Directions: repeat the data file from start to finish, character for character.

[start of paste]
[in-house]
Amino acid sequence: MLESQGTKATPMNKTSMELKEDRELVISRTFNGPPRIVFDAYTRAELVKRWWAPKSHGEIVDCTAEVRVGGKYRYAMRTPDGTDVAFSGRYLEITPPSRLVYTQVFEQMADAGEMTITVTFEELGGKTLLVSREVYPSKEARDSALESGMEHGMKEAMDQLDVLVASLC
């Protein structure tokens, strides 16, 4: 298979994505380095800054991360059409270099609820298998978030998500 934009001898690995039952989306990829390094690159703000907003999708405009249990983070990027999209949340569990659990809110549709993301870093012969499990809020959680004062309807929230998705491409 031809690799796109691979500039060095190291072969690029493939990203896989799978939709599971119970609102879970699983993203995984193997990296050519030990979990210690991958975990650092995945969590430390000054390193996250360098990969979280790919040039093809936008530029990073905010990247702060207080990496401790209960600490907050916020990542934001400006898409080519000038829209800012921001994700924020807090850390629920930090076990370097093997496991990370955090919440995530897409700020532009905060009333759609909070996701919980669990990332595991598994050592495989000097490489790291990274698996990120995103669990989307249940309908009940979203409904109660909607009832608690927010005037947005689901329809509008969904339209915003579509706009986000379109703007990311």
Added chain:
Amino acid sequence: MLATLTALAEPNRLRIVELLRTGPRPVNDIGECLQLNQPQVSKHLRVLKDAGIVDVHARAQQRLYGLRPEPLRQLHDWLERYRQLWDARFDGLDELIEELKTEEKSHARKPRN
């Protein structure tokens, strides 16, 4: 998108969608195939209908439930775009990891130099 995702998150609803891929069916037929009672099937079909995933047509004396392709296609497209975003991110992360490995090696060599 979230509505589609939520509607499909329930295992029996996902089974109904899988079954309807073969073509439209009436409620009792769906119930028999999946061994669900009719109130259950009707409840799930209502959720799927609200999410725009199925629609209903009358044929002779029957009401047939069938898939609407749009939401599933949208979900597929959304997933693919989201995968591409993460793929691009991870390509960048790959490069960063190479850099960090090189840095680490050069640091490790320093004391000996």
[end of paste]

[in-house]
Amino acid sequence: MLESQGTKATPMNKTSMELKEDRELVISRTFNGPPRIVFDAYTRAELVKRWWAPKSHGEIVDCTAEVRVGGKYRYAMRTPDGTDVAFSGRYLEITPPSRLVYTQVFEQMADAGEMTITVTFEELGGKTLLVSREVYPSKEARDSALESGMEHGMKEAMDQLDVLVASLC
């Protein structure tokens, strides 16, 4: 298979994505380095800054991360059409270099609820298998978030998500 934009001898690995039952989306990829390094690159703000907003999708405009249990983070990027999209949340569990659990809110549709993301870093012969499990809020959680004062309807929230998705491409 031809690799796109691979500039060095190291072969690029493939990203896989799978939709599971119970609102879970699983993203995984193997990296050519030990979990210690991958975990650092995945969590430390000054390193996250360098990969979280790919040039093809936008530029990073905010990247702060207080990496401790209960600490907050916020990542934001400006898409080519000038829209800012921001994700924020807090850390629920930090076990370097093997496991990370955090919440995530897409700020532009905060009333759609909070996701919980669990990332595991598994050592495989000097490489790291990274698996990120995103669990989307249940309908009940979203409904109660909607009832608690927010005037947005689901329809509008969904339209915003579509706009986000379109703007990311």
Added chain:
Amino acid sequence: MLATLTALAEPNRLRIVELLRTGPRPVNDIGECLQLNQPQVSKHLRVLKDAGIVDVHARAQQRLYGLRPEPLRQLHDWLERYRQLWDARFDGLDELIEELKTEEKSHARKPRN
């Protein structure tokens, strides 16, 4: 998108969608195939209908439930775009990891130099 995702998150609803891929069916037929009672099937079909995933047509004396392709296609497209975003991110992360490995090696060599 979230509505589609939520509607499909329930295992029996996902089974109904899988079954309807073969073509439209009436409620009792769906119930028999999946061994669900009719109130259950009707409840799930209502959720799927609200999410725009199925629609209903009358044929002779029957009401047939069938898939609407749009939401599933949208979900597929959304997933693919989201995968591409993460793929691009991870390509960048790959490069960063190479850099960090090189840095680490050069640091490790320093004391000996």